Studies in Educational Evaluation 32 (2006) 401–409 www.elsevier.com/stueduc
Gardner, J. (Ed.) (2006). Assessment and learning (2006). London: Sage.
Fadia Nasser-Abu Alhija School of Education, Tel Aviv University, Israel
During the last two decades there has been a flourishing of texts on different aspects of assessment and learning (i.e., Black, Harrison, Lee, Marshall, & Wiliam 2003; Clarke, 2005; Segers, Dochy, & Cascallar, 2003; Torrance & Pryor, 1998; Weeden, Winter, & Broadfoot, 2002; Wiggins, 1998). Assessment and Learning is yet another such publication, with a broader scope and providing a non-technical and comprehensive overview of key concepts, issues, and topics in the field of student assessment, in particular assessment for learning. This edited volume has contributions from ten scholars with long standing interest and experience in assessment and learning, amongst other things through their activity within the Assessment Reform Group (ARG) in the UK. The book is organized in four parts that include 11 chapters, the content of which I shall discuss briefly. I shall also offer a more general appraisal. Part I. Practice This part of the book includes two chapters. In Chapter 1 "Assessment for learning in the classroom", Black and Wiliam present the essence of what research has had to say about formative assessment. Although the findings of their review are all well known and documented in other texts on classroom assessment, they highlight the difficulty of changing teachers' classroom practices, particularly implementing new methods of classroom assessment. The literature review is followed by an excellent presentation of how King'sMedway-Oxfordshire Formative Assessment Project (KMOFAP) sought to translate research findings into practice. Not less important and illuminating is the authors' reflection on their work with teachers, participating teachers' reflection, and the implications of the findings from the project. Their discussion of practical issues is particularly helpful to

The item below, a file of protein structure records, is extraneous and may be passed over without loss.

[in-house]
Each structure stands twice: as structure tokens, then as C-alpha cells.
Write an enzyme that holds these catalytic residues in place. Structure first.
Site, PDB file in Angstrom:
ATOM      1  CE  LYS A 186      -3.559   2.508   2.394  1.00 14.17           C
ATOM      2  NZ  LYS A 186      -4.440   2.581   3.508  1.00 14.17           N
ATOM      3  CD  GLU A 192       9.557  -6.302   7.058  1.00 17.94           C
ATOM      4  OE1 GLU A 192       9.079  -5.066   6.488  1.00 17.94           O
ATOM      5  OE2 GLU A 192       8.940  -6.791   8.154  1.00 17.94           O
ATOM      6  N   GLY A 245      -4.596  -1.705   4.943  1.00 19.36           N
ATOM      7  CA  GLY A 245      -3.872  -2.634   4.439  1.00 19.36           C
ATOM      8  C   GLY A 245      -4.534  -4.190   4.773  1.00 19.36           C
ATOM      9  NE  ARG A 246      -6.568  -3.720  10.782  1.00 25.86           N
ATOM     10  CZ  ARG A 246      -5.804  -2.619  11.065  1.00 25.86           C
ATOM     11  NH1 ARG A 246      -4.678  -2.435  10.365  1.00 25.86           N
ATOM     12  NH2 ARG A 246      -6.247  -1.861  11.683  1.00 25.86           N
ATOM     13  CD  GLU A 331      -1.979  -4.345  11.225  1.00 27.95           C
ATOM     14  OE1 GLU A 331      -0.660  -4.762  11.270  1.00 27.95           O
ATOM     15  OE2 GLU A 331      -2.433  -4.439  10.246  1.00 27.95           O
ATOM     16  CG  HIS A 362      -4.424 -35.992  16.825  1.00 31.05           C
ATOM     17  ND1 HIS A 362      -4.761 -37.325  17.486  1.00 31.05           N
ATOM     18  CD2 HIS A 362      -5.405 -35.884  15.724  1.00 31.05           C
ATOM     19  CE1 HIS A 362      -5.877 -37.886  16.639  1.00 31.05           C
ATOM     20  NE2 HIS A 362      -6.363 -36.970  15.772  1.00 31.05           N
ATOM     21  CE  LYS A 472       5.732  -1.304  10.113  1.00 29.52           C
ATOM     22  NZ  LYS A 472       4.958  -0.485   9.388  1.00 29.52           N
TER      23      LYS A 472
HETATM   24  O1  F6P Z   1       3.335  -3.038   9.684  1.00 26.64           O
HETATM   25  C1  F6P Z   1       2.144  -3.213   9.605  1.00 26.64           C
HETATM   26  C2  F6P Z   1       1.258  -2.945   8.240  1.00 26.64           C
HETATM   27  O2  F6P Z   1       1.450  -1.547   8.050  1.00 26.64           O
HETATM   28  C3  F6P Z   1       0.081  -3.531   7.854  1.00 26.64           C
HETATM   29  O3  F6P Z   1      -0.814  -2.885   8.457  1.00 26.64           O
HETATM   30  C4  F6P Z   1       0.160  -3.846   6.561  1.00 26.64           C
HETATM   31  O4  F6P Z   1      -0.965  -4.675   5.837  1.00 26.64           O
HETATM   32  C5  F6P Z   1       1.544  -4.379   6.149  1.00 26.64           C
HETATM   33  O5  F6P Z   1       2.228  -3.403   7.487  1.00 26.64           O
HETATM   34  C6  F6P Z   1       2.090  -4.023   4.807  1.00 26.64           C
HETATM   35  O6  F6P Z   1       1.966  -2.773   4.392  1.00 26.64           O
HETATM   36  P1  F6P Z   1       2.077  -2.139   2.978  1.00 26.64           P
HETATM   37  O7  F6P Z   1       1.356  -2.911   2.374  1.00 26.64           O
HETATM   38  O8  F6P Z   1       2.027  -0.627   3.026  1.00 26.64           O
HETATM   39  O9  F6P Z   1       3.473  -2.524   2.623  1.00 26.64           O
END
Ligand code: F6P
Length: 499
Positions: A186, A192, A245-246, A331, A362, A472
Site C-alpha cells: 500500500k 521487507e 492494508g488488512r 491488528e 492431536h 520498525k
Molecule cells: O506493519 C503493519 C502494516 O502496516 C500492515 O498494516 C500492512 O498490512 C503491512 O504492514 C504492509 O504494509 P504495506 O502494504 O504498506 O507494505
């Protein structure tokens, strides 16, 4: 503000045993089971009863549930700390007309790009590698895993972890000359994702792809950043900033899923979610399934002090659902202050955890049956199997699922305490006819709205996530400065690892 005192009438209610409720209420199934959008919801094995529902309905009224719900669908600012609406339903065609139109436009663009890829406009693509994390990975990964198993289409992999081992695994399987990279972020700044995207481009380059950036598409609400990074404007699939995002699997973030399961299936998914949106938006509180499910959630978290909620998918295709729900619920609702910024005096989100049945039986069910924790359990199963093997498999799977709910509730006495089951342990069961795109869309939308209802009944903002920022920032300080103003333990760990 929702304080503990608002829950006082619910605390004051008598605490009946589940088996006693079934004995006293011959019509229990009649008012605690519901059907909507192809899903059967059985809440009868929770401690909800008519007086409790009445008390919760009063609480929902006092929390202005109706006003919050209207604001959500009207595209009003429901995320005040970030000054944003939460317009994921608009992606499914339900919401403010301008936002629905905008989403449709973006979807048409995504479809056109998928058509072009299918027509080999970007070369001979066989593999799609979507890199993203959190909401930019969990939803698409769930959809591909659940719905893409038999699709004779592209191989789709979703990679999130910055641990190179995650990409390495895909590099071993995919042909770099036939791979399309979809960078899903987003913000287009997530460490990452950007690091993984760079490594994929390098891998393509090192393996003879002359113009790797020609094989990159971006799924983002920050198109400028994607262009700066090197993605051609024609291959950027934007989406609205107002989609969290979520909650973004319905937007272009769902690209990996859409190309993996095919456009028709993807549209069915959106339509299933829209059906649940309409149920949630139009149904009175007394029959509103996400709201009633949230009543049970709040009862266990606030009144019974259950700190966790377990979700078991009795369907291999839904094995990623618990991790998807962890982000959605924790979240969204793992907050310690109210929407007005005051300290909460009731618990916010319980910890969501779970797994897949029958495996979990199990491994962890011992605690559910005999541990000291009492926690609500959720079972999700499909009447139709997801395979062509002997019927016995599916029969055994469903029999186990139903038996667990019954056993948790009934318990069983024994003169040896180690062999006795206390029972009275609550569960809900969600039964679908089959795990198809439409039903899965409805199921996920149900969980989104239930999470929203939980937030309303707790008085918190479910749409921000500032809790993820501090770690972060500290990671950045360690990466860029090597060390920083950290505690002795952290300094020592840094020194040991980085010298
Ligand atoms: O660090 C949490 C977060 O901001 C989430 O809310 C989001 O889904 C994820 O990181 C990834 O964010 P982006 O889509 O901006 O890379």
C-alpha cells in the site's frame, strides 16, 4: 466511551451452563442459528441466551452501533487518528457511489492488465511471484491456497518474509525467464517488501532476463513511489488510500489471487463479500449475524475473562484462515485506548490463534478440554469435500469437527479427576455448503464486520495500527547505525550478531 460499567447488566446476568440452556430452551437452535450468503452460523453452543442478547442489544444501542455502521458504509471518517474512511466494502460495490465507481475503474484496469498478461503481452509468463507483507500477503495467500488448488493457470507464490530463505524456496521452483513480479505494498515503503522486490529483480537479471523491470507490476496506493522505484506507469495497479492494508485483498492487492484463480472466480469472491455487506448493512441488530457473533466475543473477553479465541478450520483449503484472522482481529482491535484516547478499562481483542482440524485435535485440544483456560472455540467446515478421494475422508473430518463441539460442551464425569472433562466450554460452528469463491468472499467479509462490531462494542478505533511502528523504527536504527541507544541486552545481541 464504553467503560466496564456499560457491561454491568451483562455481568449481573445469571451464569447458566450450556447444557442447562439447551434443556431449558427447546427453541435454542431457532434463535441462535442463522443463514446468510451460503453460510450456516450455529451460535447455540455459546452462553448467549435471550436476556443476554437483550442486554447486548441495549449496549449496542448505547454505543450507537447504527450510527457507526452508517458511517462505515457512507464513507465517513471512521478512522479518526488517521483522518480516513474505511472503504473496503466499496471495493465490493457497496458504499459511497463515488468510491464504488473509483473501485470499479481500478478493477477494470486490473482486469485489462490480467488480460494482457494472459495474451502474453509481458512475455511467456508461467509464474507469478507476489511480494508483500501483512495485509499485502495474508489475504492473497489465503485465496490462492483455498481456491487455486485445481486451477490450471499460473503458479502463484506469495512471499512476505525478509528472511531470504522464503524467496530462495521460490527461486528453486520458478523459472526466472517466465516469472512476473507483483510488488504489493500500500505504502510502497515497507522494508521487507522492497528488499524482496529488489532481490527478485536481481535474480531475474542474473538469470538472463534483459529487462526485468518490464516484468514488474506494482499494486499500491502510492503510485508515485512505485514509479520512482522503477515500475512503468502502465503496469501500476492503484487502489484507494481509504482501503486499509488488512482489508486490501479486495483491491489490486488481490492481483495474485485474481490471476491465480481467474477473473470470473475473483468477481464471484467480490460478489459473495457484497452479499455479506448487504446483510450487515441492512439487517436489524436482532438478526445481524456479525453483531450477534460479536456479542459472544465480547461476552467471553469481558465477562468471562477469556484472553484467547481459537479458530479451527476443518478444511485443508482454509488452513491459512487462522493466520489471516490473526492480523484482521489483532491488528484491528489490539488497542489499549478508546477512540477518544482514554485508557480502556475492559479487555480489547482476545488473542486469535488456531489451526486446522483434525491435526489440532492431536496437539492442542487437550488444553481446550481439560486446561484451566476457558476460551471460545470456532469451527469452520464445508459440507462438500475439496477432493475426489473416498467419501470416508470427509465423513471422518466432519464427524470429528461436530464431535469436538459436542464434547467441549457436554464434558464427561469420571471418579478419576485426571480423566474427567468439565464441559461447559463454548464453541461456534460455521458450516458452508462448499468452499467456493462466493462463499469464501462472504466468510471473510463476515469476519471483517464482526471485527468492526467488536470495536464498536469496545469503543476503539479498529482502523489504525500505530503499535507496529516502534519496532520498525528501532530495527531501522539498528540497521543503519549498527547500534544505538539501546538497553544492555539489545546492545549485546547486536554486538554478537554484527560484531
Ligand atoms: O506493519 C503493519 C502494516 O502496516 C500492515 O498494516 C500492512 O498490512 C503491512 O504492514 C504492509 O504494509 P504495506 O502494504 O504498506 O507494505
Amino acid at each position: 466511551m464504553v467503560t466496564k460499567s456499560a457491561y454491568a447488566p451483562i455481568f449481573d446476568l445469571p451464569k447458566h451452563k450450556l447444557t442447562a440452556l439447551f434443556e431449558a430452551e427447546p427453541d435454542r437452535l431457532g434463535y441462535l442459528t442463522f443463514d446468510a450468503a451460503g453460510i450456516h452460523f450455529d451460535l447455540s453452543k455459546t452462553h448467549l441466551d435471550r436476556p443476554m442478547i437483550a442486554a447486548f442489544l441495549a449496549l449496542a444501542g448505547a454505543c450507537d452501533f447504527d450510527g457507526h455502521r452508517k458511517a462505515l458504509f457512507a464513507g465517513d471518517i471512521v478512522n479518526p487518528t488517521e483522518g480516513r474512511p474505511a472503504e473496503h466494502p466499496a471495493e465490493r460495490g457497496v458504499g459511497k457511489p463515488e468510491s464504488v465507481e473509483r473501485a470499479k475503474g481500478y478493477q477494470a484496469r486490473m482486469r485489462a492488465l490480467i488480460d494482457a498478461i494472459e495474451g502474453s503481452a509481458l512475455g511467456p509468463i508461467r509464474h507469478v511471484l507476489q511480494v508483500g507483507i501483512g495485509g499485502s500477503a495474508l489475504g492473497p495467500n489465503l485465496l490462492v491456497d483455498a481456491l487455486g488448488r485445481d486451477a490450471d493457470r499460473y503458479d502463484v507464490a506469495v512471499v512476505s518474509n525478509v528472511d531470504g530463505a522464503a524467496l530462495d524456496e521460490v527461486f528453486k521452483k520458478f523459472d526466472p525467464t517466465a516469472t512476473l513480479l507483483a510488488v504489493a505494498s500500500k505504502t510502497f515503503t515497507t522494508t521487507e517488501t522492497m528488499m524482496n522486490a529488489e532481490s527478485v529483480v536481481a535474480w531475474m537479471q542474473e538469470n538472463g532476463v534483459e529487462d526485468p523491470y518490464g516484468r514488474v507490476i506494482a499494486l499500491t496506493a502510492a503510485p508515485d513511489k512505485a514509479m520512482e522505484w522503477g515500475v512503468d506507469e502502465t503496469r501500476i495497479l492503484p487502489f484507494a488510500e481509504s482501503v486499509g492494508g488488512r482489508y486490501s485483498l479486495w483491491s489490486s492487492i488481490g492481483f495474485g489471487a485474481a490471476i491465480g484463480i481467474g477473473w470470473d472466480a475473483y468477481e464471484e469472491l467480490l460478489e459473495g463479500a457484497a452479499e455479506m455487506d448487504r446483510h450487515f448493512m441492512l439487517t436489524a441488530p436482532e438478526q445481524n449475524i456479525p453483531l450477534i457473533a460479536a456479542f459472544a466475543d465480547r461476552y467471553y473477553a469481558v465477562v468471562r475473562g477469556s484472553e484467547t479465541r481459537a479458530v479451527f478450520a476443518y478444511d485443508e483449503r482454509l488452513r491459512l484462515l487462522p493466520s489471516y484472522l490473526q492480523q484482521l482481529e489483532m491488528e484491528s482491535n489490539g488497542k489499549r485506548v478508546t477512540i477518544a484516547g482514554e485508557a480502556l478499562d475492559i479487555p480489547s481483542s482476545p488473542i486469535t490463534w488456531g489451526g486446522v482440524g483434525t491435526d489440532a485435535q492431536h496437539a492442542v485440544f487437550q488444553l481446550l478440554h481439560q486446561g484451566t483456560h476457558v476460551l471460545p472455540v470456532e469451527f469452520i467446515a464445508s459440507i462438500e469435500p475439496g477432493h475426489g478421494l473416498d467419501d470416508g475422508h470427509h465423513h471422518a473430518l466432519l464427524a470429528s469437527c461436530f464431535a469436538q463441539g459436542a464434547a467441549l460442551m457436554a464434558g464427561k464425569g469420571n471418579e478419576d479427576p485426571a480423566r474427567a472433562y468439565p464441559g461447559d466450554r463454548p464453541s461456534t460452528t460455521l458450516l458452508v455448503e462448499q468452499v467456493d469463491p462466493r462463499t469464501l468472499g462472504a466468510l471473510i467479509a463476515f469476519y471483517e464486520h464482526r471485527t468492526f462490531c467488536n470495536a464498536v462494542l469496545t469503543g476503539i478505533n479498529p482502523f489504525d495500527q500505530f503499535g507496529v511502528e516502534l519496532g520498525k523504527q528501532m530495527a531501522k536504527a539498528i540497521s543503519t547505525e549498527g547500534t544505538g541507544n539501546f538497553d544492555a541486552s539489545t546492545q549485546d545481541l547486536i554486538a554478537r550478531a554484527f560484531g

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teachers, researchers, and policy makers as the authors do not shy away from concrete concerns and challenges relating to assessment for learning practices. Chapter 2 focuses on "professional learning as a condition for assessment for learning". In this chapter, James and Pedder examine the issue of teachers' learning in support of assessment for learning. Evidence from responses of teachers and school principals regarding the association between classroom assessment practices and values, and professional learning practices and values is clearly presented. The chapter concludes by arguing for an interpretation that draws parallels between processes of assessment for student learning and inquiry–based learning by teachers. James and Pedder report the findings regarding the structures of the assessment and learning constructs, together with the associations among them. However, information regarding the method of factor analysis used to extract factors, the range of the magnitude of factor loadings, and whether the items are ordered in the tables according to the magnitude of their factor loadings, is not reported. This information is crucial for evaluating the findings and for enabling replication studies by other researchers. Implications of assessment for learning for classroom roles, and the importance of teacher learning for promoting this type of assessment are clearly presented. The importance of teachers' professional development for acquiring assessment for learning skills which was evident in the authors' presentation is addressed with alacrity and wit. Part II: Theory This part includes three chapters (3-5) that focus on the theoretical underpinnings of learning and assessment. In Chapter 3, Mary James presents a clear and effective discussion of the relationship between assessment, teaching, and theories of learning. The chapter begins with a section about alignment between assessment and learning, followed by a description of three different examples of assessment practices illustrating the alienation between learning theories and assessment practices. In the section about the theoretical foundations of learning and assessment practices the author presents three clusters of learning theories and provides a good discussion of their implications for assessment practices. The chapter concludes with a discussion of whether eclectic or synthetic models of assessments aligned to learning are feasible. This chapter is a highly instructive resource for teachers, school principals, policy makers, and researchers seeking a lucid synopsis of theories of learning and how they can be used to explain the relationship between assessment practices, teaching, and learning outcomes. It is particularly valuable for teachers who have only taken a course on theories of learning during their training. Teacher training, as the author justifiably indicates, does not provide teachers with the knowledge and skills that are needed to align their teaching and assessment practices with their understanding of learners, learning, and subject knowledge. One of the appealing features of this chapter is its organization. The brief descriptions are conceptually organized to match the main theme of the chapter and the book in general. I also want to praise the way the gap between theory and practice is discussed and agree with the author's conclusion that "psychological, social-psychological,